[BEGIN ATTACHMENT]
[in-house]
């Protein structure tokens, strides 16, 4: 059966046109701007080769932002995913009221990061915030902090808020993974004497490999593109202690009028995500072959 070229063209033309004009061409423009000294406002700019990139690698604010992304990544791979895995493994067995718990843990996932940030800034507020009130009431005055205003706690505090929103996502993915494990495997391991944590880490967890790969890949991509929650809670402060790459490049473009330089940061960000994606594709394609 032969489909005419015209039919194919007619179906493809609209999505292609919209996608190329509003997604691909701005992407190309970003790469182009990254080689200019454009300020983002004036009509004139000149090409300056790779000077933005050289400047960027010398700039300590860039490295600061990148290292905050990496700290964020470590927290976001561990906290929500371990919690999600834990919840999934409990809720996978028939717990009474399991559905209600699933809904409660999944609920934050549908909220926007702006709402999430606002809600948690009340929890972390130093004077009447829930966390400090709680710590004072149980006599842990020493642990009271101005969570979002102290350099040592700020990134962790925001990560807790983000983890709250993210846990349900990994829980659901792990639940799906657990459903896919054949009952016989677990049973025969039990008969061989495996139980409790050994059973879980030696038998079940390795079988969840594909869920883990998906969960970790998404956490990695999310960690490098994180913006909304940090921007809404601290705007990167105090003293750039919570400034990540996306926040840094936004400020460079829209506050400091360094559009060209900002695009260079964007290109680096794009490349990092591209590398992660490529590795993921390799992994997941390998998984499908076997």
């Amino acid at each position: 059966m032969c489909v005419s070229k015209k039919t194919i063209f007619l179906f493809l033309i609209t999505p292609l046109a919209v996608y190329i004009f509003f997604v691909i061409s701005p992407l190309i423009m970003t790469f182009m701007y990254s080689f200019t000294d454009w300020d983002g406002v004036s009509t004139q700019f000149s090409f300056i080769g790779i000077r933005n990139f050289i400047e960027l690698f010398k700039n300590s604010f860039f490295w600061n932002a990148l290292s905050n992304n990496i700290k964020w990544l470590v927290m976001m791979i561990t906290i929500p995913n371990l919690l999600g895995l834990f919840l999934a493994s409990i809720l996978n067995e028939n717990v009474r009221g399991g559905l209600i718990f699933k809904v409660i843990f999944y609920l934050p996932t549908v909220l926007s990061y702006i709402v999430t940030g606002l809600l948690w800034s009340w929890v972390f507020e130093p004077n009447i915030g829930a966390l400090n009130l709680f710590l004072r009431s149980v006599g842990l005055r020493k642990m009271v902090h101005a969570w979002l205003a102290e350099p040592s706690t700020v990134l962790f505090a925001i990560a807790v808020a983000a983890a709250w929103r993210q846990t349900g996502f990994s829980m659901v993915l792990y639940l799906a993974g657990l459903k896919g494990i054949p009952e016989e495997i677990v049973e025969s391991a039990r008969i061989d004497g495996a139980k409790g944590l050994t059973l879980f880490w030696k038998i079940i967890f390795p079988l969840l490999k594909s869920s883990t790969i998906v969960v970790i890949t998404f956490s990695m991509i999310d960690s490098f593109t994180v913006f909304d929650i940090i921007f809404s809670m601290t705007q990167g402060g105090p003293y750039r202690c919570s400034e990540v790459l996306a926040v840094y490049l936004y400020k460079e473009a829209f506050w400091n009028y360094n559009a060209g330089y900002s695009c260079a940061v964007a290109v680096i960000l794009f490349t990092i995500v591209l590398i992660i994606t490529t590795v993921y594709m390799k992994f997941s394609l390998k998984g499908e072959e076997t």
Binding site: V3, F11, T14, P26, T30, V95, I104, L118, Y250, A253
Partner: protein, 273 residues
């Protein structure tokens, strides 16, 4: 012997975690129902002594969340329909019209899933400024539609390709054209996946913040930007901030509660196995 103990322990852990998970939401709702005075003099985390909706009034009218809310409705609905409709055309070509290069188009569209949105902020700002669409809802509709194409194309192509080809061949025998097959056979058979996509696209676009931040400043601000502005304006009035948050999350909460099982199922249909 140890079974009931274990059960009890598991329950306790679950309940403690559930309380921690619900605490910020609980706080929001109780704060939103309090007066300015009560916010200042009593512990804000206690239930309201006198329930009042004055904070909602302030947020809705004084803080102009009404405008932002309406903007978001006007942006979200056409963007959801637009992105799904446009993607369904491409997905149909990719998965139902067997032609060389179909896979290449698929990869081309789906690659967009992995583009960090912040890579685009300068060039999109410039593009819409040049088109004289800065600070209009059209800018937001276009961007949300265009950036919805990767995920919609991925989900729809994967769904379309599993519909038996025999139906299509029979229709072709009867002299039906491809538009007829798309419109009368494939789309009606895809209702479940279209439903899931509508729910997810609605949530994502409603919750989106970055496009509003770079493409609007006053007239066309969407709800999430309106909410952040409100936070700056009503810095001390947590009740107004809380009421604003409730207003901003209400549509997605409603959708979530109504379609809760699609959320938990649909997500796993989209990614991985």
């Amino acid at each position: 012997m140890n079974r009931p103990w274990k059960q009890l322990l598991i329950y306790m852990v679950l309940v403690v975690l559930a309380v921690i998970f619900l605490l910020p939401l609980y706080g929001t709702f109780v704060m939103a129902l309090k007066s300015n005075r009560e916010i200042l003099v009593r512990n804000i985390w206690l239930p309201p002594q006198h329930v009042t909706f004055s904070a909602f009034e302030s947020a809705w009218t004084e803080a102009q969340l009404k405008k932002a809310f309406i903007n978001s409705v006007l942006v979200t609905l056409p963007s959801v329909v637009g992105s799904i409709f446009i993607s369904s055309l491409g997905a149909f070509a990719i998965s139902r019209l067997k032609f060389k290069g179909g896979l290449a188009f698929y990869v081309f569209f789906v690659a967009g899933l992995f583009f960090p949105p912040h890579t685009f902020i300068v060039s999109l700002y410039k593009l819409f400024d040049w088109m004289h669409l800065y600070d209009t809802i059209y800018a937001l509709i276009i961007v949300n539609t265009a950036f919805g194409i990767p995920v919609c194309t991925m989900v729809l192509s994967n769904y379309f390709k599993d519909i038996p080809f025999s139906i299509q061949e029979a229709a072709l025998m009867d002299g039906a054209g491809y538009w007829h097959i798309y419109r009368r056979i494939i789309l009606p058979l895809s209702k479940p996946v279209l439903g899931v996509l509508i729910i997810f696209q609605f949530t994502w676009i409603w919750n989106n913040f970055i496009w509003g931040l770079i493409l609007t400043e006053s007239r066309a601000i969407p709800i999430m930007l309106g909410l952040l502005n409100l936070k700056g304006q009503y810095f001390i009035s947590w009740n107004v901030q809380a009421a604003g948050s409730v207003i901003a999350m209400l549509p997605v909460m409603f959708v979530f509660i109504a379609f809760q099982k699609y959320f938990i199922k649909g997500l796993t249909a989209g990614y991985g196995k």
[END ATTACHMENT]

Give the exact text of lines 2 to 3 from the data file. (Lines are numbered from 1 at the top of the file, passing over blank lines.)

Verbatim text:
């Protein structure tokens, strides 16, 4: 059966046109701007080769932002995913009221990061915030902090808020993974004497490999593109202690009028995500072959 070229063209033309004009061409423009000294406002700019990139690698604010992304990544791979895995493994067995718990843990996932940030800034507020009130009431005055205003706690505090929103996502993915494990495997391991944590880490967890790969890949991509929650809670402060790459490049473009330089940061960000994606594709394609 032969489909005419015209039919194919007619179906493809609209999505292609919209996608190329509003997604691909701005992407190309970003790469182009990254080689200019454009300020983002004036009509004139000149090409300056790779000077933005050289400047960027010398700039300590860039490295600061990148290292905050990496700290964020470590927290976001561990906290929500371990919690999600834990919840999934409990809720996978028939717990009474399991559905209600699933809904409660999944609920934050549908909220926007702006709402999430606002809600948690009340929890972390130093004077009447829930966390400090709680710590004072149980006599842990020493642990009271101005969570979002102290350099040592700020990134962790925001990560807790983000983890709250993210846990349900990994829980659901792990639940799906657990459903896919054949009952016989677990049973025969039990008969061989495996139980409790050994059973879980030696038998079940390795079988969840594909869920883990998906969960970790998404956490990695999310960690490098994180913006909304940090921007809404601290705007990167105090003293750039919570400034990540996306926040840094936004400020460079829209506050400091360094559009060209900002695009260079964007290109680096794009490349990092591209590398992660490529590795993921390799992994997941390998998984499908076997």
């Amino acid at each position: 059966m032969c489909v005419s070229k015209k039919t194919i063209f007619l179906f493809l033309i609209t999505p292609l046109a919209v996608y190329i004009f509003f997604v691909i061409s701005p992407l190309i423009m970003t790469f182009m701007y990254s080689f200019t000294d454009w300020d983002g406002v004036s009509t004139q700019f000149s090409f300056i080769g790779i000077r933005n990139f050289i400047e960027l690698f010398k700039n300590s604010f860039f490295w600061n932002a990148l290292s905050n992304n990496i700290k964020w990544l470590v927290m976001m791979i561990t906290i929500p995913n371990l919690l999600g895995l834990f919840l999934a493994s409990i809720l996978n067995e028939n717990v009474r009221g399991g559905l209600i718990f699933k809904v409660i843990f999944y609920l934050p996932t549908v909220l926007s990061y702006i709402v999430t940030g606002l809600l948690w800034s009340w929890v972390f507020e130093p004077n009447i915030g829930a966390l400090n009130l709680f710590l004072r009431s149980v006599g842990l005055r020493k642990m009271v902090h101005a969570w979002l205003a102290e350099p040592s706690t700020v990134l962790f505090a925001i990560a807790v808020a983000a983890a709250w929103r993210q846990t349900g996502f990994s829980m659901v993915l792990y639940l799906a993974g657990l459903k896919g494990i054949p009952e016989e495997i677990v049973e025969s391991a039990r008969i061989d004497g495996a139980k409790g944590l050994t059973l879980f880490w030696k038998i079940i967890f390795p079988l969840l490999k594909s869920s883990t790969i998906v969960v970790i890949t998404f956490s990695m991509i999310d960690s490098f593109t994180v913006f909304d929650i940090i921007f809404s809670m601290t705007q990167g402060g105090p003293y750039r202690c919570s400034e990540v790459l996306a926040v840094y490049l936004y400020k460079e473009a829209f506050w400091n009028y360094n559009a060209g330089y900002s695009c260079a940061v964007a290109v680096i960000l794009f490349t990092i995500v591209l590398i992660i994606t490529t590795v993921y594709m390799k992994f997941s394609l390998k998984g499908e072959e076997t």